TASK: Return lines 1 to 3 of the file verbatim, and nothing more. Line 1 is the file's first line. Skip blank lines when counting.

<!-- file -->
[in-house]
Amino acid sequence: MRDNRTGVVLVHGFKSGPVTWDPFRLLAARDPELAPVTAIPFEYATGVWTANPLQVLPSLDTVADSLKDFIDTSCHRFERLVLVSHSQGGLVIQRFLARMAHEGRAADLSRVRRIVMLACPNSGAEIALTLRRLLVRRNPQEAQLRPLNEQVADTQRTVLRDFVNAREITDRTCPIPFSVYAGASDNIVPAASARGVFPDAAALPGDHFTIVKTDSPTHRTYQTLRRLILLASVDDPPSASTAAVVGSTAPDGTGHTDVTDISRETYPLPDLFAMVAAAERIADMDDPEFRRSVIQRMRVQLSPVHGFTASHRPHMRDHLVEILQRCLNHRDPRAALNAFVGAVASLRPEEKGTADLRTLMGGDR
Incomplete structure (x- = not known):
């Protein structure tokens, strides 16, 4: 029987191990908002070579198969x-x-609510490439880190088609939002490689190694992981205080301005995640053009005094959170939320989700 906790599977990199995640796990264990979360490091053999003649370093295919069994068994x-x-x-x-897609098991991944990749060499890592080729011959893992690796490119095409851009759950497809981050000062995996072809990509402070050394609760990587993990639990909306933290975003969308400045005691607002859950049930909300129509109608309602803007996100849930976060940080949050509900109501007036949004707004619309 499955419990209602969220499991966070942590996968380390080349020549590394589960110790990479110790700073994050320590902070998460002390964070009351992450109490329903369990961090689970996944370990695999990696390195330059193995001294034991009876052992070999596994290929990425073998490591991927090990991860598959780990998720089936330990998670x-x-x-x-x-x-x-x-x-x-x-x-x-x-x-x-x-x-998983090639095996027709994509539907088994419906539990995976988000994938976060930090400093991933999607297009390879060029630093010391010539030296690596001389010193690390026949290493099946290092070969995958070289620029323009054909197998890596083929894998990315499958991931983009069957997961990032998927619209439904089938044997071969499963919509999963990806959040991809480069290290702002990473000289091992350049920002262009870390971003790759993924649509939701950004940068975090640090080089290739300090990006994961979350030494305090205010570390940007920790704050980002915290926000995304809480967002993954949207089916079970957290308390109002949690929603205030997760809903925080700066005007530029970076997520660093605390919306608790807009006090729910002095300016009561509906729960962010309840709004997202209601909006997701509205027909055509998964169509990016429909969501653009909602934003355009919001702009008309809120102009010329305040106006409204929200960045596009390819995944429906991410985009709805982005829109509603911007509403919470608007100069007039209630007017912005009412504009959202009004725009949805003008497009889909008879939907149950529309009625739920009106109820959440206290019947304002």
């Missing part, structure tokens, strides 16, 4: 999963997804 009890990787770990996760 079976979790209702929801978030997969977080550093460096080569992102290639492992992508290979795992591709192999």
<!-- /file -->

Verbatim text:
[in-house]
Amino acid sequence: MRDNRTGVVLVHGFKSGPVTWDPFRLLAARDPELAPVTAIPFEYATGVWTANPLQVLPSLDTVADSLKDFIDTSCHRFERLVLVSHSQGGLVIQRFLARMAHEGRAADLSRVRRIVMLACPNSGAEIALTLRRLLVRRNPQEAQLRPLNEQVADTQRTVLRDFVNAREITDRTCPIPFSVYAGASDNIVPAASARGVFPDAAALPGDHFTIVKTDSPTHRTYQTLRRLILLASVDDPPSASTAAVVGSTAPDGTGHTDVTDISRETYPLPDLFAMVAAAERIADMDDPEFRRSVIQRMRVQLSPVHGFTASHRPHMRDHLVEILQRCLNHRDPRAALNAFVGAVASLRPEEKGTADLRTLMGGDR
Incomplete structure (x- = not known):